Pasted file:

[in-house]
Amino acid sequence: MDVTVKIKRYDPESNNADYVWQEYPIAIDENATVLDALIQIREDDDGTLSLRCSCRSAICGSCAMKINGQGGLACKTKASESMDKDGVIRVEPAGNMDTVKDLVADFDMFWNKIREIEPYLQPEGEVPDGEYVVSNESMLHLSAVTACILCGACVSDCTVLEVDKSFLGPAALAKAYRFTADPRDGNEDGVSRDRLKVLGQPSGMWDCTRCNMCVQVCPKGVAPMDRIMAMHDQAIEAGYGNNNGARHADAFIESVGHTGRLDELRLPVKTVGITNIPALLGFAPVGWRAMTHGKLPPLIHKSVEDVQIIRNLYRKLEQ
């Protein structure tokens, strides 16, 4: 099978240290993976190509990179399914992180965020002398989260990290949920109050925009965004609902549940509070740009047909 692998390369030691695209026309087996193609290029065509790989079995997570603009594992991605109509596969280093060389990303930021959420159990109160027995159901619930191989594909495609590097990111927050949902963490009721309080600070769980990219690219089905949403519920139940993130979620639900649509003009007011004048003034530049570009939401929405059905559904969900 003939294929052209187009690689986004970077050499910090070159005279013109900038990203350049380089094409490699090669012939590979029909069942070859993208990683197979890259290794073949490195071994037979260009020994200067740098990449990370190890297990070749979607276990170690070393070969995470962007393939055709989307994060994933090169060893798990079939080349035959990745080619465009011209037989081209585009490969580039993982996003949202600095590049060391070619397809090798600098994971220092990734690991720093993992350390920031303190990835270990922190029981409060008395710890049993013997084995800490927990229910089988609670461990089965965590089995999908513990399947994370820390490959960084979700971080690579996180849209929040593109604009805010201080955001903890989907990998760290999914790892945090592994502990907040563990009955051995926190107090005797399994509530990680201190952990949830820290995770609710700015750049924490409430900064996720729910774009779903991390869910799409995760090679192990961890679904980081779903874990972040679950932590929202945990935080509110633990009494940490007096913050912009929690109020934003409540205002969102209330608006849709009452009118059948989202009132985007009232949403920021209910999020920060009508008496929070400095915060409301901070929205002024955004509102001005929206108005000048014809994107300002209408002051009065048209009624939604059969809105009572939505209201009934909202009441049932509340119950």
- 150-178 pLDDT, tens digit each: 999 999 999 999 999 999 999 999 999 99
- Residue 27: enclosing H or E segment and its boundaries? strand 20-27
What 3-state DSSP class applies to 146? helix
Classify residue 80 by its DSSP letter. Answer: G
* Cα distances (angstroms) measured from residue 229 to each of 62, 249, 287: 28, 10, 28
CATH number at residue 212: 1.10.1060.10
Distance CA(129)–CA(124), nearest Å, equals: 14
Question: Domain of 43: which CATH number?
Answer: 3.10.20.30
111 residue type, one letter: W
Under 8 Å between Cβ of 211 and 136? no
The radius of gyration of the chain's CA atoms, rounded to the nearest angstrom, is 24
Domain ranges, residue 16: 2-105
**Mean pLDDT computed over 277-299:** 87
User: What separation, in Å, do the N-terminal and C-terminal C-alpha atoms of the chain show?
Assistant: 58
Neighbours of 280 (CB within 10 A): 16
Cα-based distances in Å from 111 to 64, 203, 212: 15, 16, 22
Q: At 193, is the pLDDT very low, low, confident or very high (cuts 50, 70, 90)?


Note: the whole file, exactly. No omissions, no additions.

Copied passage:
[in-house]
Amino acid sequence: MDVTVKIKRYDPESNNADYVWQEYPIAIDENATVLDALIQIREDDDGTLSLRCSCRSAICGSCAMKINGQGGLACKTKASESMDKDGVIRVEPAGNMDTVKDLVADFDMFWNKIREIEPYLQPEGEVPDGEYVVSNESMLHLSAVTACILCGACVSDCTVLEVDKSFLGPAALAKAYRFTADPRDGNEDGVSRDRLKVLGQPSGMWDCTRCNMCVQVCPKGVAPMDRIMAMHDQAIEAGYGNNNGARHADAFIESVGHTGRLDELRLPVKTVGITNIPALLGFAPVGWRAMTHGKLPPLIHKSVEDVQIIRNLYRKLEQ
């Protein structure tokens, strides 16, 4: 099978240290993976190509990179399914992180965020002398989260990290949920109050925009965004609902549940509070740009047909 692998390369030691695209026309087996193609290029065509790989079995997570603009594992991605109509596969280093060389990303930021959420159990109160027995159901619930191989594909495609590097990111927050949902963490009721309080600070769980990219690219089905949403519920139940993130979620639900649509003009007011004048003034530049570009939401929405059905559904969900 003939294929052209187009690689986004970077050499910090070159005279013109900038990203350049380089094409490699090669012939590979029909069942070859993208990683197979890259290794073949490195071994037979260009020994200067740098990449990370190890297990070749979607276990170690070393070969995470962007393939055709989307994060994933090169060893798990079939080349035959990745080619465009011209037989081209585009490969580039993982996003949202600095590049060391070619397809090798600098994971220092990734690991720093993992350390920031303190990835270990922190029981409060008395710890049993013997084995800490927990229910089988609670461990089965965590089995999908513990399947994370820390490959960084979700971080690579996180849209929040593109604009805010201080955001903890989907990998760290999914790892945090592994502990907040563990009955051995926190107090005797399994509530990680201190952990949830820290995770609710700015750049924490409430900064996720729910774009779903991390869910799409995760090679192990961890679904980081779903874990972040679950932590929202945990935080509110633990009494940490007096913050912009929690109020934003409540205002969102209330608006849709009452009118059948989202009132985007009232949403920021209910999020920060009508008496929070400095915060409301901070929205002024955004509102001005929206108005000048014809994107300002209408002051009065048209009624939604059969809105009572939505209201009934909202009441049932509340119950």
- 150-178 pLDDT, tens digit each: 999 999 999 999 999 999 999 999 999 99
- Residue 27: enclosing H or E segment and its boundaries? strand 20-27
What 3-state DSSP class applies to 146? helix
Classify residue 80 by its DSSP letter. Answer: G
* Cα distances (angstroms) measured from residue 229 to each of 62, 249, 287: 28, 10, 28
CATH number at residue 212: 1.10.1060.10
Distance CA(129)–CA(124), nearest Å, equals: 14
Question: Domain of 43: which CATH number?
Answer: 3.10.20.30
111 residue type, one letter: W
Under 8 Å between Cβ of 211 and 136? no
The radius of gyration of the chain's CA atoms, rounded to the nearest angstrom, is 24
Domain ranges, residue 16: 2-105
**Mean pLDDT computed over 277-299:** 87
User: What separation, in Å, do the N-terminal and C-terminal C-alpha atoms of the chain show?
Assistant: 58
Neighbours of 280 (CB within 10 A): 16
Cα-based distances in Å from 111 to 64, 203, 212: 15, 16, 22
Q: At 193, is the pLDDT very low, low, confident or very high (cuts 50, 70, 90)?